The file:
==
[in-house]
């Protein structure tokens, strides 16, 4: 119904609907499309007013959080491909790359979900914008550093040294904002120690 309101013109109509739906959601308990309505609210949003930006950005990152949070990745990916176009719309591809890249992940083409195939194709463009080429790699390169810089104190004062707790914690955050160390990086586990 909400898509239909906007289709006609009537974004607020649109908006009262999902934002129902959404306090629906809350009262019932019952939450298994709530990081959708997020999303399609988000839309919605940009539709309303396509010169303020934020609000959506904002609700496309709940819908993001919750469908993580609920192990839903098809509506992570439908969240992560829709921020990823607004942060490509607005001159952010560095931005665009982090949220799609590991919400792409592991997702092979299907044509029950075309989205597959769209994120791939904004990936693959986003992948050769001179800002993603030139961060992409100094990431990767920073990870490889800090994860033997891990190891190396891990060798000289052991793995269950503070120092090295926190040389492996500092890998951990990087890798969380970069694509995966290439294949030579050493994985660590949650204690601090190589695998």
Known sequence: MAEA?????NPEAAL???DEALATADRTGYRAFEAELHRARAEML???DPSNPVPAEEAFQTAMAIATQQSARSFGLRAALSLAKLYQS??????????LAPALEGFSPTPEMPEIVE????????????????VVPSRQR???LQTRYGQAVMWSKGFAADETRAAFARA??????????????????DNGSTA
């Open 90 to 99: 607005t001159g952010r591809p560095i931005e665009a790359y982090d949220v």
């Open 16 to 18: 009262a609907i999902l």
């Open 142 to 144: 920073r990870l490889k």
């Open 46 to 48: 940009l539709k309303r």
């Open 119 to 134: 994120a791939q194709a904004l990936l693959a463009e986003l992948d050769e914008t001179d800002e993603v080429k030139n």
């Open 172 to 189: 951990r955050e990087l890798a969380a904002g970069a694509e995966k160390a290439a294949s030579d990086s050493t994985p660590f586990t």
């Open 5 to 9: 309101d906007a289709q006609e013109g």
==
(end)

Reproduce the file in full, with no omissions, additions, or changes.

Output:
[in-house]
């Protein structure tokens, strides 16, 4: 119904609907499309007013959080491909790359979900914008550093040294904002120690 309101013109109509739906959601308990309505609210949003930006950005990152949070990745990916176009719309591809890249992940083409195939194709463009080429790699390169810089104190004062707790914690955050160390990086586990 909400898509239909906007289709006609009537974004607020649109908006009262999902934002129902959404306090629906809350009262019932019952939450298994709530990081959708997020999303399609988000839309919605940009539709309303396509010169303020934020609000959506904002609700496309709940819908993001919750469908993580609920192990839903098809509506992570439908969240992560829709921020990823607004942060490509607005001159952010560095931005665009982090949220799609590991919400792409592991997702092979299907044509029950075309989205597959769209994120791939904004990936693959986003992948050769001179800002993603030139961060992409100094990431990767920073990870490889800090994860033997891990190891190396891990060798000289052991793995269950503070120092090295926190040389492996500092890998951990990087890798969380970069694509995966290439294949030579050493994985660590949650204690601090190589695998």
Known sequence: MAEA?????NPEAAL???DEALATADRTGYRAFEAELHRARAEML???DPSNPVPAEEAFQTAMAIATQQSARSFGLRAALSLAKLYQS??????????LAPALEGFSPTPEMPEIVE????????????????VVPSRQR???LQTRYGQAVMWSKGFAADETRAAFARA??????????????????DNGSTA
């Open 90 to 99: 607005t001159g952010r591809p560095i931005e665009a790359y982090d949220v």
């Open 16 to 18: 009262a609907i999902l």
């Open 142 to 144: 920073r990870l490889k």
């Open 46 to 48: 940009l539709k309303r």
């Open 119 to 134: 994120a791939q194709a904004l990936l693959a463009e986003l992948d050769e914008t001179d800002e993603v080429k030139n």
């Open 172 to 189: 951990r955050e990087l890798a969380a904002g970069a694509e995966k160390a290439a294949s030579d990086s050493t994985p660590f586990t």
């Open 5 to 9: 309101d906007a289709q006609e013109g």